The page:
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Am J Obstet Gynecol. 1990 Aug;163(2):510-4.

A follow-up study of methods of contraception, sexual activity, and rates of trichomoniasis, candidiasis, and bacterial vaginosis.

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Department of Epidemiology, School of Public Health, University of Alabama, Birmingham.


A randomized, clinical trial was conducted to evaluate the spermicidal agent nonoxynol 9 as prophylaxis for sexually transmitted diseases. Eight hundred eighteen women using birth control who attended a sexually transmitted disease clinic were evaluated monthly for trichomoniasis, candidiasis, and bacterial vaginosis for 6 months. Women using the active spermicide experienced a somewhat lower incidence rate of trichomoniasis (relative rate 0.83; 95% confidence interval 0.61 to 1.12) and bacterial vaginosis (relative rate 0.86; 95% confidence interval 0.69 to 1.12) as compared with placebo users. The rate of candidiasis was nearly identical for spermicide and placebo users (relative rate 1.02; 95% confidence interval 0.77 to 1.35). The number of sexual partners during the preceding month was related directly to the occurrence of trichomoniasis (p = 0.047) and bacterial vaginosis (p = 0.009) but not candidiasis (p = 0.99). Subjects using oral contraceptives experienced a statistically significant lower rate of trichomoniasis than did women using an intrauterine contraceptive device or who had had a tubal ligation (relative rate 0.56; 95% confidence interval 0.39 to 0.81).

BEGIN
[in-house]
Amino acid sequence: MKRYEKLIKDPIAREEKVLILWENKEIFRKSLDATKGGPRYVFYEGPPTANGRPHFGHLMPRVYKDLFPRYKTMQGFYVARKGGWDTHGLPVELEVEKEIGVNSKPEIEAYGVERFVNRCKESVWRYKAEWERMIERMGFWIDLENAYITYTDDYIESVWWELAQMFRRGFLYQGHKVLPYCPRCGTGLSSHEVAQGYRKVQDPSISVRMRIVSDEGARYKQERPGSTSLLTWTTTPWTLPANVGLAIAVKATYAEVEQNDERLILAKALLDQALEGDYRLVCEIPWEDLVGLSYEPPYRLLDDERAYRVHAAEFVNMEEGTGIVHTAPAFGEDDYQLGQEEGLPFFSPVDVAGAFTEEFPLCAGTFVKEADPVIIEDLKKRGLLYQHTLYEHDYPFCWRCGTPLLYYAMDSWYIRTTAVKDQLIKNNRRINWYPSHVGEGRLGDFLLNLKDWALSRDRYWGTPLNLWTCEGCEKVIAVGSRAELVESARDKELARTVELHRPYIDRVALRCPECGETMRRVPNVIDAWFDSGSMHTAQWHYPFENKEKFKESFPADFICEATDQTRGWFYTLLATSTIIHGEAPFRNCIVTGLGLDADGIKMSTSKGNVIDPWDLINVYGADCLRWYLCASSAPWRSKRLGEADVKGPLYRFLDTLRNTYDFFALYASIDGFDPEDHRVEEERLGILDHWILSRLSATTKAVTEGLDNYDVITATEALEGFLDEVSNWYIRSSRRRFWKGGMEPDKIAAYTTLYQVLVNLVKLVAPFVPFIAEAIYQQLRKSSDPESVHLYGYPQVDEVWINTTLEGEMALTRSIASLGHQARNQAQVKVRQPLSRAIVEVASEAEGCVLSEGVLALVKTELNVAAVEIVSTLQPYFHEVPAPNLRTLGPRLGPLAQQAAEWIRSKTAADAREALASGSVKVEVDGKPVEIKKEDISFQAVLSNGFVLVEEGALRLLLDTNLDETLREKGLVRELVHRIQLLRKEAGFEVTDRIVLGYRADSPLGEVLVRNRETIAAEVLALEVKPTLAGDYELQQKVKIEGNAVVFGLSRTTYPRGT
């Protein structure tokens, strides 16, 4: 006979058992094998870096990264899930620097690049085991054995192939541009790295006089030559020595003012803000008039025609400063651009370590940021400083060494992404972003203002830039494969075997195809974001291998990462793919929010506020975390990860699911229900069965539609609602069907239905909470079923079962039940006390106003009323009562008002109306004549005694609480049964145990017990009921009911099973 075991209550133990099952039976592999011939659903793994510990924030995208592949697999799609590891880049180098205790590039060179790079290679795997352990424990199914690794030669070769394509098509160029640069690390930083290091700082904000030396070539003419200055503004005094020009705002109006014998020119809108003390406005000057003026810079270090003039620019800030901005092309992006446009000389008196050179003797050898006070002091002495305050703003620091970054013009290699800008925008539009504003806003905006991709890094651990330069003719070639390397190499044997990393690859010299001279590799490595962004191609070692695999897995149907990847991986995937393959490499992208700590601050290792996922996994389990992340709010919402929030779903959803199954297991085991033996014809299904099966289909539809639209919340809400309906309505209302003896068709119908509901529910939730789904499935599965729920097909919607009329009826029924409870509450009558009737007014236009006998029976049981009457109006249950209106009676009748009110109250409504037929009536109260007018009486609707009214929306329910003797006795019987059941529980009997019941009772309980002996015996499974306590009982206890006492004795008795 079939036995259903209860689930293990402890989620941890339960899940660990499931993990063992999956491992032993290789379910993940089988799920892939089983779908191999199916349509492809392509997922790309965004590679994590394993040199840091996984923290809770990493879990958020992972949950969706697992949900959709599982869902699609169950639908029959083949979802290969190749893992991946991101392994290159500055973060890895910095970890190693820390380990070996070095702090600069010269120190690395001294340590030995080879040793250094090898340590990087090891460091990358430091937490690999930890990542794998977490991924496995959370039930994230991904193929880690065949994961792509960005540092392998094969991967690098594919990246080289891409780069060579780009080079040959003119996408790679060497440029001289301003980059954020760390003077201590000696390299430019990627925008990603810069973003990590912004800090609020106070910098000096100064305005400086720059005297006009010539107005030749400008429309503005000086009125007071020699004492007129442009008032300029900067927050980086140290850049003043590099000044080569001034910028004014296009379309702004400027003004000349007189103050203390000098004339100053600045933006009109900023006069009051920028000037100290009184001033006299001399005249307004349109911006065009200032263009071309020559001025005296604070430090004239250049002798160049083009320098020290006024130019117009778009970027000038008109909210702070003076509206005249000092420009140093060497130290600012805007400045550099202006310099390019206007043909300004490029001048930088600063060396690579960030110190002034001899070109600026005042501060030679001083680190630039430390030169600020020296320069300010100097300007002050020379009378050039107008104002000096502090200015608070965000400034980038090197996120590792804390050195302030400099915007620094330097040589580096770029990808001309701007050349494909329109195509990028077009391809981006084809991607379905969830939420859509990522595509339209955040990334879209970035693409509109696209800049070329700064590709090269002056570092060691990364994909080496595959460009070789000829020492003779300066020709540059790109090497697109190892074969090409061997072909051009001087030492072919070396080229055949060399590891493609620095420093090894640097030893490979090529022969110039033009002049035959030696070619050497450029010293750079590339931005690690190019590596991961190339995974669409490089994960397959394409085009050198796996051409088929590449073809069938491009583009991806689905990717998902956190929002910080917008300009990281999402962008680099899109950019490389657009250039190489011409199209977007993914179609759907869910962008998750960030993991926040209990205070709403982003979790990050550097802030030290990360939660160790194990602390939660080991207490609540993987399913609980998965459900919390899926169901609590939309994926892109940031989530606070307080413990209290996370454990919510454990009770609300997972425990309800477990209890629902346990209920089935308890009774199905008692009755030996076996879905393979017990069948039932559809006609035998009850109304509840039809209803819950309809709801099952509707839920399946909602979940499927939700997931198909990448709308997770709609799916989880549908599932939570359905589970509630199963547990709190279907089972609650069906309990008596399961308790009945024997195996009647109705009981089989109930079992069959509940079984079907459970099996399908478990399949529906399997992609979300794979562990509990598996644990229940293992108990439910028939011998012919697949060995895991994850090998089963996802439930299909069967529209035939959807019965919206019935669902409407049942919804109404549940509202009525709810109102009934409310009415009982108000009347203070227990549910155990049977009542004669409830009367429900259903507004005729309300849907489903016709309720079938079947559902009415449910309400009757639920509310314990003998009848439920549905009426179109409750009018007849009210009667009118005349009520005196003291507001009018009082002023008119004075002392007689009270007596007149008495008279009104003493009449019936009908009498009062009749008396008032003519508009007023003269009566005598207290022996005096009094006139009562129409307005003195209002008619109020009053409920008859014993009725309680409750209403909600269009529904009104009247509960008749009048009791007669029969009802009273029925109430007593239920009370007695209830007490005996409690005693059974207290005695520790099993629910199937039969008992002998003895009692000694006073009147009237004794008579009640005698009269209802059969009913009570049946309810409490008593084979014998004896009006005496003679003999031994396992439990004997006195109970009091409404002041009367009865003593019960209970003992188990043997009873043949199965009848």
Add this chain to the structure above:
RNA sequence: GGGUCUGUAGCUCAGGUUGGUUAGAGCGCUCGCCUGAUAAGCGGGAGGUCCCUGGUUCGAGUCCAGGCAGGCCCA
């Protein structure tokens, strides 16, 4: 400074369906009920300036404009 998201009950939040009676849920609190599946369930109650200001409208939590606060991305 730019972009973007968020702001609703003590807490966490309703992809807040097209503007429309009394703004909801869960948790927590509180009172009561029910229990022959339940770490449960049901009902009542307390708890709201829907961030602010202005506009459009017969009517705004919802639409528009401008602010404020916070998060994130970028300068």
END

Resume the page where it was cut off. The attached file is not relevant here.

[Indexed for MEDLINE]

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